Equity markets ended last week on a soft note; AUD opened higher this morning; there may be some positive knock-on effect to the NZD; USD was stronger across-the-board on Friday

Equity markets ended last week on a soft note; AUD opened higher this morning; there may be some positive knock-on effect to the NZD; USD was stronger across-the-board on Friday

Equity markets ended last week on a soft note amid reports that plans for fresh US-China trade talks had been put on hold.  The big news over the weekend was the surprise victory for the Liberal-National coalition in the Australian election, which will likely see the AUD open higher this morning.  There may be some positive knock-on effect to the NZD, which closed at its lowest level of the year on Friday. 

The victory for Scott Morrison and his Liberal-National coalition over the weekend went against predictions from both pollsters and betting markets (the latter assigned them a less than 20% chance of winning) and is likely give the AUD a boost when markets open this morning.  The opposition Labour party had campaigned on change, including cutting carbon emissions, increasing the minimum wage, and ending some tax breaks for housing and equity investors.  Given Labour’s lead in the polls, the AUD had likely priced-in a reasonable chance of these policies being implemented, and with that uncertainty now removed, the result is likely to be seen as supportive for markets and the AUD, at least in the short-term. 

The AUD ended last week on a soft note, down 0.4% against the USD on Friday, to 0.6870, near its lowest level since 2009.  It was the second-worst performing currency on the week, down almost 2% against the USD.  While the AUD will likely receive a short-term uplift from the election result, the medium-term path of the AUD will be largely dependent on the evolution of US-China trade negotiations, the RBA outlook and commodity prices.  On that note, on Friday, our NAB colleagues brought forward their call for the first RBA rate cut to June and they expect the minutes to the RBA’s May meeting and Governor Lowe’s speech tomorrow to pave the way for a rate cut next month (currently 80% priced).  Working in the other direction, iron ore prices rose above $100 for the first time in five years on supply concerns, after Vale warned that there was a risk another of its dams could collapse.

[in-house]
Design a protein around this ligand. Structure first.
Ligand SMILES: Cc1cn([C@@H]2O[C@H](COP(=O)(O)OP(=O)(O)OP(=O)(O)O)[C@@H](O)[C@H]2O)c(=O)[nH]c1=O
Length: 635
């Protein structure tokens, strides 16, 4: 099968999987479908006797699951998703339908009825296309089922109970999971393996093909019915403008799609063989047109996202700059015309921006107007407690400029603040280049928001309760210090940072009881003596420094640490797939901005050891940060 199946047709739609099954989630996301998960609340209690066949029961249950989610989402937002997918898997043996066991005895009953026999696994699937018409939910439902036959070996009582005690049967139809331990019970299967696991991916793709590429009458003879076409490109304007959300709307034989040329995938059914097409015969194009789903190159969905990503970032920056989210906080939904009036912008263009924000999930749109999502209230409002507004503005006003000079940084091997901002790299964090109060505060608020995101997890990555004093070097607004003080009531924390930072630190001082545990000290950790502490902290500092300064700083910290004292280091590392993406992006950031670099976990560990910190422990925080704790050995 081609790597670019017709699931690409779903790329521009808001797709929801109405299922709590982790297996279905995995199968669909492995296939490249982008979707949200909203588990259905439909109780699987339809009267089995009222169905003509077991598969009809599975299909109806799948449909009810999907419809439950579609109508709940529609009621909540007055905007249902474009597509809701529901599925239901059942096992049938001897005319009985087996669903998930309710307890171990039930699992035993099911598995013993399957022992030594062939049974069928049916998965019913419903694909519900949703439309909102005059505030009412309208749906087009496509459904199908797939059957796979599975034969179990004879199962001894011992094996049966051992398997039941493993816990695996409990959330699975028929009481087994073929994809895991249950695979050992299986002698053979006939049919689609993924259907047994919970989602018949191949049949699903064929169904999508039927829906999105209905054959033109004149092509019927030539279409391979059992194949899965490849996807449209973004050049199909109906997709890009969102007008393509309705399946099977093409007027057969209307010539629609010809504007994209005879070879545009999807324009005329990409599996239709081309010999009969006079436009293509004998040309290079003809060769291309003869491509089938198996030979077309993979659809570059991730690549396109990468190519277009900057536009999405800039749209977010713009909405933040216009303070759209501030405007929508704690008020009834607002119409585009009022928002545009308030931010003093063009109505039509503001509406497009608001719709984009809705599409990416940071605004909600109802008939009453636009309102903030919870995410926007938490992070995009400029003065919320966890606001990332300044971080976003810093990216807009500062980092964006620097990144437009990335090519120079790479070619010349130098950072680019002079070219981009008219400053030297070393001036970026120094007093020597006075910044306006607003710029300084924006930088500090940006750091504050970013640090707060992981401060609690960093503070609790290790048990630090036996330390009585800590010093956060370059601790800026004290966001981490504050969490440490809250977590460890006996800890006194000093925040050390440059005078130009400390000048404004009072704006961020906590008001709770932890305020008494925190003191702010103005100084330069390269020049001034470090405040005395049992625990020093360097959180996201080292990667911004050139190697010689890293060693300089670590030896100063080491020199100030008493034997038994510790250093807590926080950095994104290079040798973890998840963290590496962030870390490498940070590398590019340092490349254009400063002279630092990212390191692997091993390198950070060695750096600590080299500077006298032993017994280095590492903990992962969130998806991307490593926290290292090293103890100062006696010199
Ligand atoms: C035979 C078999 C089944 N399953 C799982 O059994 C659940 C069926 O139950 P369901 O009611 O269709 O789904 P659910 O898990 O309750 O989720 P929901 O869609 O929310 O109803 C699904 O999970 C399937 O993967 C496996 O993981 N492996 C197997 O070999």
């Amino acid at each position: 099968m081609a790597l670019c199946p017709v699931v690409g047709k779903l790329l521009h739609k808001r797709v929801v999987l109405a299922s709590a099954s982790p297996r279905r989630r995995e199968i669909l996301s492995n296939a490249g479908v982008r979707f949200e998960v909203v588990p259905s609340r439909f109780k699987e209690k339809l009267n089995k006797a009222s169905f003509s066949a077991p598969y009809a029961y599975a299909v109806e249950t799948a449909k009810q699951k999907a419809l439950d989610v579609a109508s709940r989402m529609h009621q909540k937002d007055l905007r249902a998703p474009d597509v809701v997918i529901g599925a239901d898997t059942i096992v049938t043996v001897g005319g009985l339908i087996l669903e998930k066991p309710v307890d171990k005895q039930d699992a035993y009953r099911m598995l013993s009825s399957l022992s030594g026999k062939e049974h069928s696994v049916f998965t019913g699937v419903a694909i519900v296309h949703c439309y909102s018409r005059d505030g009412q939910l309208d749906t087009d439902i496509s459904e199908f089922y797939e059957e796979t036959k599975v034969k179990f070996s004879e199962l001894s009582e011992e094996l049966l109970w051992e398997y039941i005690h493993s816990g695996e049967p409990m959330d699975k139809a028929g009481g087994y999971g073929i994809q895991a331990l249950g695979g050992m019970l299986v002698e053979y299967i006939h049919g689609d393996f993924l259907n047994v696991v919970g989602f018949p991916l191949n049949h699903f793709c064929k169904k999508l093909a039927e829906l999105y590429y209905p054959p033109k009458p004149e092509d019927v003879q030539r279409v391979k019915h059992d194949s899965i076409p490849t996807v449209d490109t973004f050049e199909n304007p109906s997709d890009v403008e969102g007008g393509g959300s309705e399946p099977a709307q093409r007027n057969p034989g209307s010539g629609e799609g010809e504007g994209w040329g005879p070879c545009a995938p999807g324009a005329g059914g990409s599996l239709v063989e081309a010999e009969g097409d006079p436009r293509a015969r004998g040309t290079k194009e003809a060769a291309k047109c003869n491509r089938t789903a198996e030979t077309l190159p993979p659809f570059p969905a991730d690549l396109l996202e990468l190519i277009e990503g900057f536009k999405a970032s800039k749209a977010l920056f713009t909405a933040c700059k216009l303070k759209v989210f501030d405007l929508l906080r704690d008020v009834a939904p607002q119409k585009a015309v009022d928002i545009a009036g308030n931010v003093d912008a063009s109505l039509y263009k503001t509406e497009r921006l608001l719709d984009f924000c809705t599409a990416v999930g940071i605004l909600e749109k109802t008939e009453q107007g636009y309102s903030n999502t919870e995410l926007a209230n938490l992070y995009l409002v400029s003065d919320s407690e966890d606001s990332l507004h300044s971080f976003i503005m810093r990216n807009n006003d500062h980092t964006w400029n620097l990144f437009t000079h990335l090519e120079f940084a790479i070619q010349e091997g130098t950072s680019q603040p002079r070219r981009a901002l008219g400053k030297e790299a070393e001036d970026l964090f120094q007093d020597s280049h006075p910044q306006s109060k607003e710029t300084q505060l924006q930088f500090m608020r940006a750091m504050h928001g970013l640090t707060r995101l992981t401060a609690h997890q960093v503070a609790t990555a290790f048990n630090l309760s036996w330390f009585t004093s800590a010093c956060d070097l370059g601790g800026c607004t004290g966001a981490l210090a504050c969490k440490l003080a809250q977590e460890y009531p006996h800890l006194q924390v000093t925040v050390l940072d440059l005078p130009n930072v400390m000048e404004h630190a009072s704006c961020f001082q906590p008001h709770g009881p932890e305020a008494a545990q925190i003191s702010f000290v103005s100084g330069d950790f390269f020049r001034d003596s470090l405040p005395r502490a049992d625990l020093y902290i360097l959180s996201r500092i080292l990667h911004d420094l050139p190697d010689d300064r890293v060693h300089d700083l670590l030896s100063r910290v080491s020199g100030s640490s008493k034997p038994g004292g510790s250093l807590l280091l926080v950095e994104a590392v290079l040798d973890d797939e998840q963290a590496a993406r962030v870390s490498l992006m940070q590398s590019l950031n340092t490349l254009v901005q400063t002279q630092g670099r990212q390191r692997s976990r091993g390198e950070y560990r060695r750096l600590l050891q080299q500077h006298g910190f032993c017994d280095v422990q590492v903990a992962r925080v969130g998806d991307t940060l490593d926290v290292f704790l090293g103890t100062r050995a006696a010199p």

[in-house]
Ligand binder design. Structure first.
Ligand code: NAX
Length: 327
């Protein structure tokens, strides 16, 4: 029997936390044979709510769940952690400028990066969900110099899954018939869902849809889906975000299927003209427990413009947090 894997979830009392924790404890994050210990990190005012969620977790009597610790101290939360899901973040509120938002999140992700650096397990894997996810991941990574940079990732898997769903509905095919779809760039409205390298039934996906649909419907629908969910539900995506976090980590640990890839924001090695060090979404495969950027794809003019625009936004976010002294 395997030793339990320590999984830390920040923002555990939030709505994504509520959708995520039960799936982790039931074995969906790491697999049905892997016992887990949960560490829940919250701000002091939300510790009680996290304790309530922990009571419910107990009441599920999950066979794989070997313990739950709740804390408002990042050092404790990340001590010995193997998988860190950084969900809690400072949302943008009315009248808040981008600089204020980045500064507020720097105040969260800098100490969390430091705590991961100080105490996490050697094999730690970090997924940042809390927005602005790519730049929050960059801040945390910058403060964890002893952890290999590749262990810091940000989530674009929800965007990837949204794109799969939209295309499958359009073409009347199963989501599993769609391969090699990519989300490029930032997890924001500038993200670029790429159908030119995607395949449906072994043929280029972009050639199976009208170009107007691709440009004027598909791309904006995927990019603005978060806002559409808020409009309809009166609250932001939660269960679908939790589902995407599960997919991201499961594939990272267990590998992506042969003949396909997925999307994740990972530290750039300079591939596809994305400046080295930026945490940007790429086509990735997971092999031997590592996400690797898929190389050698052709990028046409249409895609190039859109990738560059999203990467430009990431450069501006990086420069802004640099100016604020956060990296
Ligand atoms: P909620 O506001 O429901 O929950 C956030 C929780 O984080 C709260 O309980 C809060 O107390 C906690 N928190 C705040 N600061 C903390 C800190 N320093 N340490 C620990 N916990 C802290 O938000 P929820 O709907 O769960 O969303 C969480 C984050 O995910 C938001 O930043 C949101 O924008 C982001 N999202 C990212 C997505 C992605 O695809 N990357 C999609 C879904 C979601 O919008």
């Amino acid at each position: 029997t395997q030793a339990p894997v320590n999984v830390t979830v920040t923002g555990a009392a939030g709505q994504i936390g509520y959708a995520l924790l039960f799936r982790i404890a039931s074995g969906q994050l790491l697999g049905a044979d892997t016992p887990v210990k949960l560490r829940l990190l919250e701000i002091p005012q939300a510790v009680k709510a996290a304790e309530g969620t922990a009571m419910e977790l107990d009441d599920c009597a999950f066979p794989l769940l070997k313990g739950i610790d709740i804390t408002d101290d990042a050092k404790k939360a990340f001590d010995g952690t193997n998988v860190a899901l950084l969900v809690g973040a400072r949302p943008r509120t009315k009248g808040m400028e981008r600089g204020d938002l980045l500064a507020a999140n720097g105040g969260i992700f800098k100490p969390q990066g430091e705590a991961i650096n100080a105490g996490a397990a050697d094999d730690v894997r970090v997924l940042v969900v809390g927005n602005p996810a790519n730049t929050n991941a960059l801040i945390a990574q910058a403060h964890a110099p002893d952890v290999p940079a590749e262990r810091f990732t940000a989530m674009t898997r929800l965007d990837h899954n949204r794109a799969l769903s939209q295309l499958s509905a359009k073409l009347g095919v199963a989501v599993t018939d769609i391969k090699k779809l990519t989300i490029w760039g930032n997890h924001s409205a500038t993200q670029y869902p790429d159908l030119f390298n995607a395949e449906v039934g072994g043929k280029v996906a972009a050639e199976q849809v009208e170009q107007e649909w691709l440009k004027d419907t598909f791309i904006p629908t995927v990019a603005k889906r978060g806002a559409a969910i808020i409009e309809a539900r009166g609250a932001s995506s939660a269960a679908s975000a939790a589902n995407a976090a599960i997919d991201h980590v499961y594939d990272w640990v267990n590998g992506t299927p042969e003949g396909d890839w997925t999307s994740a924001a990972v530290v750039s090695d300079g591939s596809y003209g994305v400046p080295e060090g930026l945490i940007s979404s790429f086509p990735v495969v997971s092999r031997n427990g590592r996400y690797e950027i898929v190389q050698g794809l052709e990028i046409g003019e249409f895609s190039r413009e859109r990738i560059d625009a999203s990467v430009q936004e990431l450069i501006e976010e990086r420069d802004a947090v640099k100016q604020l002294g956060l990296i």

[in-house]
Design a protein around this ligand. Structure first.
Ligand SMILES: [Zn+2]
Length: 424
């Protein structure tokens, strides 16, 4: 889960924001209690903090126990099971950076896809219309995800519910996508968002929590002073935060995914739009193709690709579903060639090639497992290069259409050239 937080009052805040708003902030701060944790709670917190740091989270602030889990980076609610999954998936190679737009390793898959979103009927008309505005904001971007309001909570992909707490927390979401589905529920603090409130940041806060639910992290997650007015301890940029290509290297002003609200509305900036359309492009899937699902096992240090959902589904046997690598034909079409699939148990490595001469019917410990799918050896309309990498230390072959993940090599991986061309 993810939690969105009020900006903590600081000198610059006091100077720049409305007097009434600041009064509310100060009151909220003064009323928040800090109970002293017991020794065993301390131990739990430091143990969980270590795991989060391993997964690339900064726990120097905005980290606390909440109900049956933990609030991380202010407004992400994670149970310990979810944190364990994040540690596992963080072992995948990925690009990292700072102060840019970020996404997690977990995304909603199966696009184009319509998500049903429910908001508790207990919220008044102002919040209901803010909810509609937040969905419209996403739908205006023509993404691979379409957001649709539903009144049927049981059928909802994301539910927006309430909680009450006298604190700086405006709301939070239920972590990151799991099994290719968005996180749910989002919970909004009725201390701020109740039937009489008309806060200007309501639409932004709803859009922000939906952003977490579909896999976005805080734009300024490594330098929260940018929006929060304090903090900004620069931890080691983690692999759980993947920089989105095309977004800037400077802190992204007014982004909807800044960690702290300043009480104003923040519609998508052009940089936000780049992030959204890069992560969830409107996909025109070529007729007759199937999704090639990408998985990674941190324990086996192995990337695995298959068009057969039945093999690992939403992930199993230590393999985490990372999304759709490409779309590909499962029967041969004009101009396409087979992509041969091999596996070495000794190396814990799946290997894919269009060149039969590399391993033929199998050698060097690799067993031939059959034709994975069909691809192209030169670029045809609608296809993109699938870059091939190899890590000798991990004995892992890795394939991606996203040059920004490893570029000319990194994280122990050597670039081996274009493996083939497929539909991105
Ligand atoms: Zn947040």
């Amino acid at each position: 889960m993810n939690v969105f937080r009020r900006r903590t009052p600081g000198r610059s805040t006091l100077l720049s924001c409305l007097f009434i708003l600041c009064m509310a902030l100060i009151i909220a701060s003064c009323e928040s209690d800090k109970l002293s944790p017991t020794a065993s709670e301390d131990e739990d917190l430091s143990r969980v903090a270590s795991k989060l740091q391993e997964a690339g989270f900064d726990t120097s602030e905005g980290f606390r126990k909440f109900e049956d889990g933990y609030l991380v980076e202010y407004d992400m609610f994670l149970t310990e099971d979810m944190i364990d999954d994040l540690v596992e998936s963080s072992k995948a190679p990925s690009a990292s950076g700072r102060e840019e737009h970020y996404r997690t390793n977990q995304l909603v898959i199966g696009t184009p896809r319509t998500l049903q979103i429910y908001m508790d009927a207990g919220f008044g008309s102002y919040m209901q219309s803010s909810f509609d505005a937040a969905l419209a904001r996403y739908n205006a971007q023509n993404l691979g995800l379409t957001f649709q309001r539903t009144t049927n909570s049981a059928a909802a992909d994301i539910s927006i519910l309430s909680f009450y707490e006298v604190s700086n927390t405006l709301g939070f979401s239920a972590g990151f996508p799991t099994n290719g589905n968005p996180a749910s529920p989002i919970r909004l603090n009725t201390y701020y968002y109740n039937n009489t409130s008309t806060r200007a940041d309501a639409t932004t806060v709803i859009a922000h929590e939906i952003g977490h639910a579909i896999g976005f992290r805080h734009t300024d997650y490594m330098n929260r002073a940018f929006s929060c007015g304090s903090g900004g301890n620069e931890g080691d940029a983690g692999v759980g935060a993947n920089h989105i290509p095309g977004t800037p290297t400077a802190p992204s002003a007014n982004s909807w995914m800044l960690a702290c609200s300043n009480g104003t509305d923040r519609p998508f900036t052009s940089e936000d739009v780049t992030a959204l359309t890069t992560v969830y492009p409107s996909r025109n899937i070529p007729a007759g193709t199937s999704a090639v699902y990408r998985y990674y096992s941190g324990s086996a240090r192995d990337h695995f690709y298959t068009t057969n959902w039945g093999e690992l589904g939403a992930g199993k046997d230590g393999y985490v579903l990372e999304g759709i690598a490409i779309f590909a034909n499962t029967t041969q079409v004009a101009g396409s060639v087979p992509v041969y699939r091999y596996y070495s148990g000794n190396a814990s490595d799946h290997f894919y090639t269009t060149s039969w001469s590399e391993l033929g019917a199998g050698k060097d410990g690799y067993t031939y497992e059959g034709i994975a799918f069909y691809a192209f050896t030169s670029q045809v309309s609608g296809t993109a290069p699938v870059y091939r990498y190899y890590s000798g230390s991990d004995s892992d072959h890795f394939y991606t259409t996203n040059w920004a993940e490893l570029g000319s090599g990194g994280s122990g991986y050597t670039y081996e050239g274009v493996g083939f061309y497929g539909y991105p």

The NZD was down 0.3% on Friday, and 1.2% on the week, to close at 0.6515, its lowest level of the year.  There have been a few factors at play behind the recent fall in the NZD.  First, there has been a broad-based strengthening in the USD, with the USD indices approaching year-to-date highs.  Second, growing concerns about the risk of an all-out US-China trade war has seen the CNY weaken towards the psychologically important 7.0 level against the USD (USD/CNY closed last week at 6.92), which in turn has weighed on the NZD (and the AUD).  But there may be some positive knock-on effect to the NZD from the Australian election result when trading opens this morning. 

In terms of Friday night’s trading session, US equity markets closed down by between 0.4% to 1%, with markets concerned by a CNBC report that the scheduling of the next round of US-China trade talks had been put on-hold due to the recent US restrictions placed on Huawei.   Sources told CNBC that the scheduling arrangements were “in flux”.  Semiconductor stocks fared poorly for the second day running, with the US commerce department’s decision on Thursday to place Huawei on its so-called ‘Entity list’ continuing to reverberate.  Huawei is a major purchaser of US semiconductors, and US companies will now need to apply for a special licence to sell equipment to Huawei.  The Philadelphia semiconductor index fell 2%.